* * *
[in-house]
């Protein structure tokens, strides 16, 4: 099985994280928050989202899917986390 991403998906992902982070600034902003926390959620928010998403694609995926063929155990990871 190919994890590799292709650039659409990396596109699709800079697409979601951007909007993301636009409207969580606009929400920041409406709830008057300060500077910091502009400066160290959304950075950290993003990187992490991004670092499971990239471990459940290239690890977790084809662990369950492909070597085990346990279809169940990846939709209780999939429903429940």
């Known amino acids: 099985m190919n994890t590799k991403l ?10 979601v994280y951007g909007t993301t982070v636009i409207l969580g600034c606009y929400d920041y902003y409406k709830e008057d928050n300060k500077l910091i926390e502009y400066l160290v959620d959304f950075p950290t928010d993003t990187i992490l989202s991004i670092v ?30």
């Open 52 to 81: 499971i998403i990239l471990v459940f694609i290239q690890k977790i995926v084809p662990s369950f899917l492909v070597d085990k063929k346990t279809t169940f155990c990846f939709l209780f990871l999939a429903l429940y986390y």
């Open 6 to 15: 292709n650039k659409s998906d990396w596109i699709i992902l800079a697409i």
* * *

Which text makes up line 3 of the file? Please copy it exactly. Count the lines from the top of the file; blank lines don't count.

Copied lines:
């Known amino acids: 099985m190919n994890t590799k991403l ?10 979601v994280y951007g909007t993301t982070v636009i409207l969580g600034c606009y929400d920041y902003y409406k709830e008057d928050n300060k500077l910091i926390e502009y400066l160290v959620d959304f950075p950290t928010d993003t990187i992490l989202s991004i670092v ?30």